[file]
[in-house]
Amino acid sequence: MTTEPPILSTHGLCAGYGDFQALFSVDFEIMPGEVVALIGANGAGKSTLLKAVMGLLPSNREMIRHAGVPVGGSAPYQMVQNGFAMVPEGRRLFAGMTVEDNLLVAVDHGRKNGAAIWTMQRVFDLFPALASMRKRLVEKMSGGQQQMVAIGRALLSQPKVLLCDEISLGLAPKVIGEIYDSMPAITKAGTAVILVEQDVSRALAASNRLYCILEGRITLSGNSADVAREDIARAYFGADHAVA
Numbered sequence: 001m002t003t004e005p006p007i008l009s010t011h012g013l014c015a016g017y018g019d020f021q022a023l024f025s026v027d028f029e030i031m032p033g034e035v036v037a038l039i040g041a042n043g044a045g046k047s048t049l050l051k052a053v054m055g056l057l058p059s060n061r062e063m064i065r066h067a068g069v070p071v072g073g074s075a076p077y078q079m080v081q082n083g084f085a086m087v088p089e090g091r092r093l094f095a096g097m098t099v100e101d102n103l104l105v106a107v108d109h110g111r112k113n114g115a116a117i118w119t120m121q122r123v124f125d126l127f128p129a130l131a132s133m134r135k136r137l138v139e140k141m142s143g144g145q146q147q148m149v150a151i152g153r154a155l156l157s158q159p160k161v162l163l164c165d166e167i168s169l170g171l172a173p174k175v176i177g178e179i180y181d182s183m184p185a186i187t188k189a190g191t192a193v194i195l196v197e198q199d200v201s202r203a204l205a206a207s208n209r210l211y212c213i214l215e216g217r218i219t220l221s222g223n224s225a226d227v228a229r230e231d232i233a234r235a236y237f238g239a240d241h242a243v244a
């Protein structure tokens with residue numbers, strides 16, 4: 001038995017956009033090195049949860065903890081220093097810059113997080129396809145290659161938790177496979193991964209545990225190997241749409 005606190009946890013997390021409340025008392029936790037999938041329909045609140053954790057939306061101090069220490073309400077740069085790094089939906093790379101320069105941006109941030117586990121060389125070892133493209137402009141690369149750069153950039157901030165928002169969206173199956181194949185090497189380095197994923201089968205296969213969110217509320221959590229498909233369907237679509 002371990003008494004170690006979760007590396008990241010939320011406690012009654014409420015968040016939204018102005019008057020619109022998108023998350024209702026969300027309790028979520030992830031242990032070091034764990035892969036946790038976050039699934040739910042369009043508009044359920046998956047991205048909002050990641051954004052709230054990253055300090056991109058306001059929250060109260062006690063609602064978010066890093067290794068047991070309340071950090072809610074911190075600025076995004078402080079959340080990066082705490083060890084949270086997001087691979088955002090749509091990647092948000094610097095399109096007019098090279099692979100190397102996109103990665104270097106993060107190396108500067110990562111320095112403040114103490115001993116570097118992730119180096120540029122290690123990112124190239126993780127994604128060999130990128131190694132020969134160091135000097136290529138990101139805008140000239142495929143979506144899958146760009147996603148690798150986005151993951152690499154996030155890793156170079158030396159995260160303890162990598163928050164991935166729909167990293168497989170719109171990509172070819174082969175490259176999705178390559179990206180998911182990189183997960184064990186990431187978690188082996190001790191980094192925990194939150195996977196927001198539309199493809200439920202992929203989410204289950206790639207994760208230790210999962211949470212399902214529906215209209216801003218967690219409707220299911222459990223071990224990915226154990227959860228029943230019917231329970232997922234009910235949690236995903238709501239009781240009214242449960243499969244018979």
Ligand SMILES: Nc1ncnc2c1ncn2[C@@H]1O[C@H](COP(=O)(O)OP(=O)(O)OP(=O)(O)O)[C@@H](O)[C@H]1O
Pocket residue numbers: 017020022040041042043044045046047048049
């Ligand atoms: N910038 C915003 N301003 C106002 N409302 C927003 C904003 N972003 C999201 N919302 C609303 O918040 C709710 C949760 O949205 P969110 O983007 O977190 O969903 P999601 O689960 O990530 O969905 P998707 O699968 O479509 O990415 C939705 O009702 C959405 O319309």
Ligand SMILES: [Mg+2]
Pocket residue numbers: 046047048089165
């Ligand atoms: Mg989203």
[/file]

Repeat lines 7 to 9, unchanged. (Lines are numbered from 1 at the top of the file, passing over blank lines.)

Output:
């Ligand atoms: N910038 C915003 N301003 C106002 N409302 C927003 C904003 N972003 C999201 N919302 C609303 O918040 C709710 C949760 O949205 P969110 O983007 O977190 O969903 P999601 O689960 O990530 O969905 P998707 O699968 O479509 O990415 C939705 O009702 C959405 O319309």
Ligand SMILES: [Mg+2]
Pocket residue numbers: 046047048089165